Preate Is Gone But Not Quite Forgotten The Attorney General's Resignation Became Official Yesterday. Staffers Had Mixed Feelings.

Posted: June 24, 1995

HARRISBURG — At 5 p.m. yesterday, Ernie Preate Jr. resigned as state attorney general, but his last day in office was Wednesday.

Late that afternoon, he held an impromptu meeting of 50 to 100 staff members on the 16th floor of the Strawberry Square office-mall complex where the Attorney General's Office has its headquarters.

"He thanked everybody for the work they had done for him," said Robert R. Gentzel, Preate's press secretary.

Preate's speech lasted less than five minutes. There was a round of applause when he finished. Then he went to Maine, where he attended - as a private citizen paying his own way - a national conference of state attorneys general.

He said in a statement that he wanted to say goodbye to the friends from across the country that he had made during the last 6 1/2 years that he was Pennsylvania's chief law enforcement official.

So went the final days of Attorney General Preate.

The week before, Preate, 54, pleaded guilty to a federal felony count of mail fraud, a charge that carries a maximum sentence of five years in prison and a fine of up to $200,000.

His sentence is expected to be set in late summer or early fall.

Yesterday, the mood of employees was mixed. Some expressed ambivalence over the official departure of their already departed leader. Some preferred to keep their feelings to themselves.

"I just got off a three-day trial and I've really not thought about it," said William J. Yates, a deputy attorney general stationed in Williamsport.

Another deputy attorney general, who declined to be identified, said: ''It's like another day" - except for the local radio report he had heard while driving to work that it was Preate's last day.

Still, the deputy acknowledged, "it's really a sad, sad thing."

In Old Forge, Preate's hometown near Scranton, State Rep. Frank A. Serafini said there was "extreme disappointment" for what happened to Preate, but not for what Preate did.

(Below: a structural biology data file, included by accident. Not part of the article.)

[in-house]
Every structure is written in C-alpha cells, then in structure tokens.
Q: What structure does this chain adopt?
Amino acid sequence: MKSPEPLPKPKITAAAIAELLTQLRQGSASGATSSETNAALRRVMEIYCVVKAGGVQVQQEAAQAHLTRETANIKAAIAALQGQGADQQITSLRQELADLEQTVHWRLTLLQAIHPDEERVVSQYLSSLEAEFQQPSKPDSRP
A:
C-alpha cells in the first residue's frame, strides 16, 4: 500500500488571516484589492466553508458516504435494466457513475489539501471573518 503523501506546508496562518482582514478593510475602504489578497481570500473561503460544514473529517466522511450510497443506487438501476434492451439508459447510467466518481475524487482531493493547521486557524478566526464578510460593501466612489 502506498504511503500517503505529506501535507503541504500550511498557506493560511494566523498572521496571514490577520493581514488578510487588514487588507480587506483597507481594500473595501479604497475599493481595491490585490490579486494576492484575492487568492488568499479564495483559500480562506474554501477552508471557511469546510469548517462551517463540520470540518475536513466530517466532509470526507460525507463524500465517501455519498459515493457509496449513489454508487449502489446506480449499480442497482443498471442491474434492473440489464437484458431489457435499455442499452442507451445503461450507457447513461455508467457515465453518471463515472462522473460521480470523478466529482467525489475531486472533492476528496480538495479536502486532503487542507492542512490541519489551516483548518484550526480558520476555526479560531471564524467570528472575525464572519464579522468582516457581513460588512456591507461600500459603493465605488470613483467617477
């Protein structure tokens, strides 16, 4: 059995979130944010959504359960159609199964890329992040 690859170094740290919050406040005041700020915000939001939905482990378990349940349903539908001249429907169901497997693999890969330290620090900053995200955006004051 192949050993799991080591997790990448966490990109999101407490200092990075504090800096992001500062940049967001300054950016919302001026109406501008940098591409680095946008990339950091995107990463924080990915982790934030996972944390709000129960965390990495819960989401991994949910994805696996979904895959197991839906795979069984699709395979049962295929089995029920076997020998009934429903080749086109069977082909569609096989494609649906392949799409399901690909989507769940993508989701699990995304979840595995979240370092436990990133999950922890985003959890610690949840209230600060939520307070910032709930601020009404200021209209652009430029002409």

"Around here, we just don't want to believe he committed a crime," said Serafini, a Republican who grew up with Preate and whose district office is a block away from the family home of Preate's recently deceased father.

According to Serafini, folks in Lackawanna County, where Preate was district attorney for a decade, used to talk about the rising Republican star becoming president one day. Now they wonder if he's going to spend time behind bars.

Since Preate's guilty plea, the political spotlight in Harrisburg has shifted to other issues. The struggle over Gov. Ridge's school-choice proposal quickly consumed the Capitol.

Even with the scandal fading, though, the Attorney General's Office continues to be a magnet for controversy. A battle is brewing in the Senate over who will run the office.

Ridge has nominated Thomas W. Corbett Jr. to fill the 1 1/2 years remaining in Preate's term. But until Corbett is confirmed by the Senate, the acting attorney general will be Walter W. Cohen, who was first deputy under Preate.

Senate Democrats, miffed by Ridge on a number of fronts, have threatened to hold up the nomination.

In Harrisburg yesterday, the only Preate-related event of note occurred when several TV stations went to the attorney general's main office to get videotape of the front door, Gentzel said.

"Other than that, people were going about their business," he said.

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